Expertise in Blood and Bone Marrow Transplant

The Stanford Blood and Marrow Transplant Program combines twenty-five years of treatment expertise with state-of-the-art research and comprehensive support services to assure the best possible outcomes for our patients. Offering treatment for a variety of malignant and non-malignant diseases, including lymphoma, myeloma, leukemia, myelodysplastic syndromes, and selected solid tumors, the Blood and Marrow Transplant Program strives for full reintegration of each patient into normal, everyday life. 

Blood and Bone Marrow Transplant Program
875 Blake Wilbur Drive
Palo Alto, CA 94304
Phone: 650-723-0822 Getting Here
875 Blake Wilbur Drive
Palo Alto, CA 94304
Phone: 650-723-0822 Getting Here

Our Doctors

Care and Treatment at Stanford

Blood and Bone Marrow Transplantation Types

There are several types of blood and bone marrow transplants depending on who serves as the donor. The source of the hematopoietic (blood forming) cells further defines the type of transplant. The hematopoietic cells used for transplantation can be collected from the blood or the bone marrow. Hematopoietic cells, sometimes referred to as blood stem cells, are immature cells capable of dividing and developing into any type of mature blood cells.

Allogeneic transplant

Using donor cells to provide patients with new blood cells and a new immune system after cancer treatment.

Autologous transplant

Using an infusion of a patient's own cells to restore the body's ability to make healthy blood cells.

Blood and bone marrow transplant

A specialized therapy to transfer healthy bone marrow cells into a patient after their own unhealthy bone marrow has been eliminated.

Stem cell transplant for cancers

A method of replacing blood-forming cells destroyed by cancer treatment to help the bone marrow recover and continue to make healthy blood cells.

Expanded treatment options

Traditional transplantation methods are being advanced at Stanford to help all of our patients. These modified approaches include autologous transplantation followed by a reduced intensity allogeneic transplant, the use of a haploidentical donor, graft selection techniques, cellular therapy, monoclonal antibodies and vaccinations, and new treatment approaches for many diseases, including our protocol for mycosis fungoides.

If you are considering a transplant, your Stanford Blood and Marrow Transplant Program doctor will discuss which options could be most beneficial to you.

Clinical Trials

Stanford's cutting-edge research

The following is some of the research that Blood and Marrow Transplant Program doctors have recently been involved with:

  • Cellular therapeutics—translational research investigating specific cell populations, such as regulatory T-cells, cytokine induced killer (CIK) cells, tumor vaccines, and memory T-cells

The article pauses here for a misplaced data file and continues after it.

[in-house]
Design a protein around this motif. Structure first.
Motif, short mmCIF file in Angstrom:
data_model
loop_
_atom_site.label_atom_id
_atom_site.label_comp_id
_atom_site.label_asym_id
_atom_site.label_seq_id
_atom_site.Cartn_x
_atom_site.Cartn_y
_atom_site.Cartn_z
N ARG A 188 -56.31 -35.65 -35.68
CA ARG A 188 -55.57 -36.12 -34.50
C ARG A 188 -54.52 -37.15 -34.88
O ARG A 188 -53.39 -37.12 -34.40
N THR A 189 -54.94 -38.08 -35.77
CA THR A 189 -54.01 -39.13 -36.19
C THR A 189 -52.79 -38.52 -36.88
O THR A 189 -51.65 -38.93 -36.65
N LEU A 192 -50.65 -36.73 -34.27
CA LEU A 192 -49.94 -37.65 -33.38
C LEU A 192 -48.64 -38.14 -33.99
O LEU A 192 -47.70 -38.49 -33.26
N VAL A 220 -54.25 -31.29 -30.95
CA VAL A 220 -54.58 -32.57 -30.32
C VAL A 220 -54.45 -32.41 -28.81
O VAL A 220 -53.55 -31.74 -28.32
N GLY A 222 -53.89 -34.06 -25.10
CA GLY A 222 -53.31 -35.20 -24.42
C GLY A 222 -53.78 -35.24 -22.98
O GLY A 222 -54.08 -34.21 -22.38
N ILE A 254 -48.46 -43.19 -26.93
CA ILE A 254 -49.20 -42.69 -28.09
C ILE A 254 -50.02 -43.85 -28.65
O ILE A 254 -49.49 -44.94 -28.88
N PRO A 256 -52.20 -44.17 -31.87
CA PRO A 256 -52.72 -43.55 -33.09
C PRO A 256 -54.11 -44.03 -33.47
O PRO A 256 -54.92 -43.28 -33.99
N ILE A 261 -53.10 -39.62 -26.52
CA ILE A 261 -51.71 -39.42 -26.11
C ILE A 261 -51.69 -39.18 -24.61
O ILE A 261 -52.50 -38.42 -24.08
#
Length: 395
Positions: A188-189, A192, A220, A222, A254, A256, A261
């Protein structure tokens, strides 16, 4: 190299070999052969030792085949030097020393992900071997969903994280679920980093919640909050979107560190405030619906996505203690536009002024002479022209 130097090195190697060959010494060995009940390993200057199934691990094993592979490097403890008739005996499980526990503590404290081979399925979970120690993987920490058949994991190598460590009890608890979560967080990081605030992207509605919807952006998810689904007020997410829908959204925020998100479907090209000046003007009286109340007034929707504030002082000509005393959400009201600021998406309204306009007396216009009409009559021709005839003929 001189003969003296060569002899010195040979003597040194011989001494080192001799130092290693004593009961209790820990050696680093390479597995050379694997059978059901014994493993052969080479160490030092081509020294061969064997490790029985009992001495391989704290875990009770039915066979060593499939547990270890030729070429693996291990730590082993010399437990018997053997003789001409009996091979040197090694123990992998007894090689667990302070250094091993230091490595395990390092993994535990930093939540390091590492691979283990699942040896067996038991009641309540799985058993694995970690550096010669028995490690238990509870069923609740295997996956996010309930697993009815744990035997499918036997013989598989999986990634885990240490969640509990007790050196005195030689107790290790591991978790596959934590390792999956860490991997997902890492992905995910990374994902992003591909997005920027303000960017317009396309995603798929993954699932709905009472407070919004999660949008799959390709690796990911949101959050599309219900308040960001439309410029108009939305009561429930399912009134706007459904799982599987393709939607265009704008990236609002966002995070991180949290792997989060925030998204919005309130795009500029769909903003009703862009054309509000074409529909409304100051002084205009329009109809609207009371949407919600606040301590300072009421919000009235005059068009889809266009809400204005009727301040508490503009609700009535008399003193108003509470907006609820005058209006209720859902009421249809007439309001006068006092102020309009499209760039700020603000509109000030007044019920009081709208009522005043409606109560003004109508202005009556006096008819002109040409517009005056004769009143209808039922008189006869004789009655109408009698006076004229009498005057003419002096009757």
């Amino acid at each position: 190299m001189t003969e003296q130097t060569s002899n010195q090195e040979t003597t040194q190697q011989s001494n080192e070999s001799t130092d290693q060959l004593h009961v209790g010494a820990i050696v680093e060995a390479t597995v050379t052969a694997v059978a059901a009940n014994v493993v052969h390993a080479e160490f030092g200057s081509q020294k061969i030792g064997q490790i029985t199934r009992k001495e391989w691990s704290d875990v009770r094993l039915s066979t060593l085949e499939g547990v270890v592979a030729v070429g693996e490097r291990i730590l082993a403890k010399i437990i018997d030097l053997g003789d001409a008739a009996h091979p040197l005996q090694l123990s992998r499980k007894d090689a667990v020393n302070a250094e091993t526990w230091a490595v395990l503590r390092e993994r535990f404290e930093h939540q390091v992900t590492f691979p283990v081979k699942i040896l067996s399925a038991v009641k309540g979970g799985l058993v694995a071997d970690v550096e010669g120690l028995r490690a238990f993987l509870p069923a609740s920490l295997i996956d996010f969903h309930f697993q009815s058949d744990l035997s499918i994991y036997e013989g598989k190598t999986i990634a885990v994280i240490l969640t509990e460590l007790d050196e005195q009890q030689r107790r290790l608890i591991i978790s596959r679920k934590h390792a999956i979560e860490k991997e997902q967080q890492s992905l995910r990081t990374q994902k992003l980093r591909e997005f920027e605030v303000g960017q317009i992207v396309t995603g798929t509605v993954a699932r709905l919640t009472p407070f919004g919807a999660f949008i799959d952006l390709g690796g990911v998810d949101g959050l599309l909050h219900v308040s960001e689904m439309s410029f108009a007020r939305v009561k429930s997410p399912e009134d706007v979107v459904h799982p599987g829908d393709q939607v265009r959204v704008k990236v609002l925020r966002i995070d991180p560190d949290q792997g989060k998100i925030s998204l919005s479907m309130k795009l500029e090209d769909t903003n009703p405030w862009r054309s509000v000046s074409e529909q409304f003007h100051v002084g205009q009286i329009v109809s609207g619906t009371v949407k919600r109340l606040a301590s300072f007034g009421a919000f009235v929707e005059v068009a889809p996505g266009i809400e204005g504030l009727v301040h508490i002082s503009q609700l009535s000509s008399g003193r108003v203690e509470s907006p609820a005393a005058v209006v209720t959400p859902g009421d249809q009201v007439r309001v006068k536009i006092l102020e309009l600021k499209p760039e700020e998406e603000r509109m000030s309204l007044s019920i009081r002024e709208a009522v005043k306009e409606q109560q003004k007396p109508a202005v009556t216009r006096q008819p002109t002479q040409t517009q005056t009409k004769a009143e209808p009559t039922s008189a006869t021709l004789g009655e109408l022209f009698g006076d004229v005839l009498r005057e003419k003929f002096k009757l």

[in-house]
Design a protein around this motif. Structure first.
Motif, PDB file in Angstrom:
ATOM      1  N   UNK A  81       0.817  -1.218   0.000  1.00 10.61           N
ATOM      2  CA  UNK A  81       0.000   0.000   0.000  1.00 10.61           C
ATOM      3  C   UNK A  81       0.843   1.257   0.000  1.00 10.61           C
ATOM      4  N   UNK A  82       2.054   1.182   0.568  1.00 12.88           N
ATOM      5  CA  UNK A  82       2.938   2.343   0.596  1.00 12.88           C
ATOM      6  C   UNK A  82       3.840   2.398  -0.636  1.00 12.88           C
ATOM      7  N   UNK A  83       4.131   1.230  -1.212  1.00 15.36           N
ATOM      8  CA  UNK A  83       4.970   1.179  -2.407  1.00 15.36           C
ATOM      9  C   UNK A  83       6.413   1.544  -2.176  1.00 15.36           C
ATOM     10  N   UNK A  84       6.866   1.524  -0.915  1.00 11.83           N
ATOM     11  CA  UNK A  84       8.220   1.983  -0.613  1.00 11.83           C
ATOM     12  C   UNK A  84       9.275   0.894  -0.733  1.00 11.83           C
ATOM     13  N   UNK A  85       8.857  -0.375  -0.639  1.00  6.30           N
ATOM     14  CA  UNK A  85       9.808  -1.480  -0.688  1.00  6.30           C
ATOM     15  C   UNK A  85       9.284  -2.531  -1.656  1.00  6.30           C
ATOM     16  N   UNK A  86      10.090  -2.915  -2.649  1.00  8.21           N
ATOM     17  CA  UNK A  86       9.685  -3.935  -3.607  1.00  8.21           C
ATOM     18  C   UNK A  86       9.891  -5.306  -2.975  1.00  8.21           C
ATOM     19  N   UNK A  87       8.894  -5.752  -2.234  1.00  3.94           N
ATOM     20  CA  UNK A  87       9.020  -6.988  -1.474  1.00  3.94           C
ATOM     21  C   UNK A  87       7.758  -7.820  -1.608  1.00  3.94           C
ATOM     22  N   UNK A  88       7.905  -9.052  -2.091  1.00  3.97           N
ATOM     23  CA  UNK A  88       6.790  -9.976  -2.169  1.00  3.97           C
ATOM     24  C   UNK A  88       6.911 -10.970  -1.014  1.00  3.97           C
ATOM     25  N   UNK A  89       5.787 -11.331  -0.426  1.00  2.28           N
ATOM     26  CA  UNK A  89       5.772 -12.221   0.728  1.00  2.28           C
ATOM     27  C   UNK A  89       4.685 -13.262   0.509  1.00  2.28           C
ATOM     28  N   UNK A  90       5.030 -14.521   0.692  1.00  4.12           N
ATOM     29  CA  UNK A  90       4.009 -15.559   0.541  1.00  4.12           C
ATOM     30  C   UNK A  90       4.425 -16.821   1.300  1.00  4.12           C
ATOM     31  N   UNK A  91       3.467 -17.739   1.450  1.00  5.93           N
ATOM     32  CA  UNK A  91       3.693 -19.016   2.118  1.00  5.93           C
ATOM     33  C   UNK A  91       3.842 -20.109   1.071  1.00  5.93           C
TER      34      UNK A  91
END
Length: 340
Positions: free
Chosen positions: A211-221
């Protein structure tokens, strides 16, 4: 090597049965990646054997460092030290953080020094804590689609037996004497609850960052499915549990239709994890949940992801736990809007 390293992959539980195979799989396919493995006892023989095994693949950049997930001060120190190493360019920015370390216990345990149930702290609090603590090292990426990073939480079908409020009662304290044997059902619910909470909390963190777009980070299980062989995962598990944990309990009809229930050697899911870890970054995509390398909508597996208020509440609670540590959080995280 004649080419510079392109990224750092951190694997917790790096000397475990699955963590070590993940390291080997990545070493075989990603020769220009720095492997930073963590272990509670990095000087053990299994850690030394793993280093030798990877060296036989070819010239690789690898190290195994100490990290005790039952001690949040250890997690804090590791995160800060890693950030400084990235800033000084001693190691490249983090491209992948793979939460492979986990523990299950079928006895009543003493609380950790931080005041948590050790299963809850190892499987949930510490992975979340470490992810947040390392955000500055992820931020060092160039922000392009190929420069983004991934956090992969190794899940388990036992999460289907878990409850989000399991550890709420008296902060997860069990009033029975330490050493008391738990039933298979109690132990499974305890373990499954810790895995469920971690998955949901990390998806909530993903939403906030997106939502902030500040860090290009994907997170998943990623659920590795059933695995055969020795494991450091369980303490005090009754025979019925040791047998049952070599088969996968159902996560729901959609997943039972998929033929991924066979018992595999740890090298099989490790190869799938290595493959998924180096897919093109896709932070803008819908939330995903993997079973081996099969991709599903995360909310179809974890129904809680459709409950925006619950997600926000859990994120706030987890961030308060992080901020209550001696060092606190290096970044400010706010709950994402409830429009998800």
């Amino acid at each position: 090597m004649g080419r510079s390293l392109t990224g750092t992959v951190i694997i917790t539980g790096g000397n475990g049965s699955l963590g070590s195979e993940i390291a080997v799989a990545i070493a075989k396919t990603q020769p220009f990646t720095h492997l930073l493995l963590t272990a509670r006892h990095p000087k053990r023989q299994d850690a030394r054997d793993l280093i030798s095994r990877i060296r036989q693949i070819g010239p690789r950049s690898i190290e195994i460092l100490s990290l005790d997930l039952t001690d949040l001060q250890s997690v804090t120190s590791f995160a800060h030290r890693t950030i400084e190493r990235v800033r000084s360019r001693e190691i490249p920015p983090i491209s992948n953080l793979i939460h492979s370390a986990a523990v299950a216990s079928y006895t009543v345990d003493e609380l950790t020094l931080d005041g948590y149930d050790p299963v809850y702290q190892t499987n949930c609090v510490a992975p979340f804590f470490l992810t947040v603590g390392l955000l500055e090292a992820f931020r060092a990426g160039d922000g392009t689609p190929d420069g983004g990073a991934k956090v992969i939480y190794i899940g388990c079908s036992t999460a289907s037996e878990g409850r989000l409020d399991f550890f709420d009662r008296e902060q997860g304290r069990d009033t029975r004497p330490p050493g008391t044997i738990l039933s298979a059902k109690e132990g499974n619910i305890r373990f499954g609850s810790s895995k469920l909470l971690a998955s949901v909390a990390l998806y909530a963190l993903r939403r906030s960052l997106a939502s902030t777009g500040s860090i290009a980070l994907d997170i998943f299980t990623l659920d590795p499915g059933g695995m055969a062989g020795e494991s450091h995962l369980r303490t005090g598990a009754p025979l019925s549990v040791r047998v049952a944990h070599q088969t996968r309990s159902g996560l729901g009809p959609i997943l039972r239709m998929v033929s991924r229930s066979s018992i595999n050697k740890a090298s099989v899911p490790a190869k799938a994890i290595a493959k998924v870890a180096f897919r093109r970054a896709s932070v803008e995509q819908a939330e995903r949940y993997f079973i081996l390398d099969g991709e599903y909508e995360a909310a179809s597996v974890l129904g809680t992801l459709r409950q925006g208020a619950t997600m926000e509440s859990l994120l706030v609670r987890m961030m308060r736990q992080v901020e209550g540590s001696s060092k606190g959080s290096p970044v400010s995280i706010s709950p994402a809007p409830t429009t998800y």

• Graft vs host disease—investigating novel approaches to the prevention and treatment of graft vs host disease
  • Haploidentical hematopoietic (blood forming) cell transplantation
  • Pioneered novel TLI/ATG allogeneic preparative regimen, which reduces rates of graft vs host disease and lowers transplant-related risks in select disease types

Before beginning treatment, ask your doctor about any clinical trials you should consider. Learn more about clinical trials for cancer patients.

Clinical trial eligibility flowcharts

Eligibility flowcharts map clinical trials to specific types of cancers to determine if a participant is eligible for the particular clinical trial. View all blood and marrow transplant eligibility flowcharts at the Stanford Cancer Institute.

For Patients


Review the New Patient Packet for information about:

  • What to expect on the day of your appointment
  • Maps, directions, parking, public transit options, and contact information
  • Other patient resources

The initial evaluation process begins with a referral from your hematologist or oncologist to a Stanford Blood and Marrow Transplantation Program doctor. After this referral, the Stanford Blood and Marrow Transplant Program new patient coordinator will call you with an appointment date and time.

Bring completed forms found in the BMT New Patient Letter.


Please fax the Medical Record Release Form to your new patient coordinator. The medical release form is an authorization form for external facilities to release medical records to Stanford Health Care (formerly Stanford Hospital & Clinics). 

International Patients
Phone: +1 650-723-8561

For Health Care Professionals


Phone: 1-866-742-4811
Fax: 650-320-9443
Monday – Friday, 8:30 a.m. – 5 p.m.

Stanford Health Care (formerly Stanford Hospital & Clinics) provides comprehensive services to refer and track patients, as well as provides the latest information and news for physicians and office staff. For help with all referral needs and questions visit Referring Physicians.


To refer a patient, call our Stanford Blood and Marrow Transplantation Program office at 650-723-0822.

Track your patients' progress and communicate with Stanford providers securely online.

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